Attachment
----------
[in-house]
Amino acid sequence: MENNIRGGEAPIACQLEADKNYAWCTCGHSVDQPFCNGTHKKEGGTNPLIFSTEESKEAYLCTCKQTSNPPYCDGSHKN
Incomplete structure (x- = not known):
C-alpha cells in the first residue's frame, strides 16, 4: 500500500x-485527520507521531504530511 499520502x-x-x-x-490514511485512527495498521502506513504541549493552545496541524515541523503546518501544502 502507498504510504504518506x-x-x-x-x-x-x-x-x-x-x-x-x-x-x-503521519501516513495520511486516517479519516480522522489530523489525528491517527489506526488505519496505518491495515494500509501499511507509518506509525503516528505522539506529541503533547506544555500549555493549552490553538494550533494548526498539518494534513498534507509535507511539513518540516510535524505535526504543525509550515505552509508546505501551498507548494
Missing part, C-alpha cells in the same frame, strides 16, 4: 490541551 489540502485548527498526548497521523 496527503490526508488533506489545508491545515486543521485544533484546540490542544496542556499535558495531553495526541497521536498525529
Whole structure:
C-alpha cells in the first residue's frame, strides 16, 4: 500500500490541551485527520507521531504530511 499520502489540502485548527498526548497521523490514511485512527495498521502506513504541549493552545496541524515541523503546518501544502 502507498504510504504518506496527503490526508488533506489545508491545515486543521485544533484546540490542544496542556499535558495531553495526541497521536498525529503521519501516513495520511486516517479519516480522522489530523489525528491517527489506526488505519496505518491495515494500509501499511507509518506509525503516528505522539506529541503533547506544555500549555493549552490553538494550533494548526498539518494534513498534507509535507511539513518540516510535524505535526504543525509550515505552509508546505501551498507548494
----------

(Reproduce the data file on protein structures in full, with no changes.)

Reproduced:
[in-house]
Amino acid sequence: MENNIRGGEAPIACQLEADKNYAWCTCGHSVDQPFCNGTHKKEGGTNPLIFSTEESKEAYLCTCKQTSNPPYCDGSHKN
Incomplete structure (x- = not known):
C-alpha cells in the first residue's frame, strides 16, 4: 500500500x-485527520507521531504530511 499520502x-x-x-x-490514511485512527495498521502506513504541549493552545496541524515541523503546518501544502 502507498504510504504518506x-x-x-x-x-x-x-x-x-x-x-x-x-x-x-503521519501516513495520511486516517479519516480522522489530523489525528491517527489506526488505519496505518491495515494500509501499511507509518506509525503516528505522539506529541503533547506544555500549555493549552490553538494550533494548526498539518494534513498534507509535507511539513518540516510535524505535526504543525509550515505552509508546505501551498507548494
Missing part, C-alpha cells in the same frame, strides 16, 4: 490541551 489540502485548527498526548497521523 496527503490526508488533506489545508491545515486543521485544533484546540490542544496542556499535558495531553495526541497521536498525529
Whole structure:
C-alpha cells in the first residue's frame, strides 16, 4: 500500500490541551485527520507521531504530511 499520502489540502485548527498526548497521523490514511485512527495498521502506513504541549493552545496541524515541523503546518501544502 502507498504510504504518506496527503490526508488533506489545508491545515486543521485544533484546540490542544496542556499535558495531553495526541497521536498525529503521519501516513495520511486516517479519516480522522489530523489525528491517527489506526488505519496505518491495515494500509501499511507509518506509525503516528505522539506529541503533547506544555500549555493549552490553538494550533494548526498539518494534513498534507509535507511539513518540516510535524505535526504543525509550515505552509508546505501551498507548494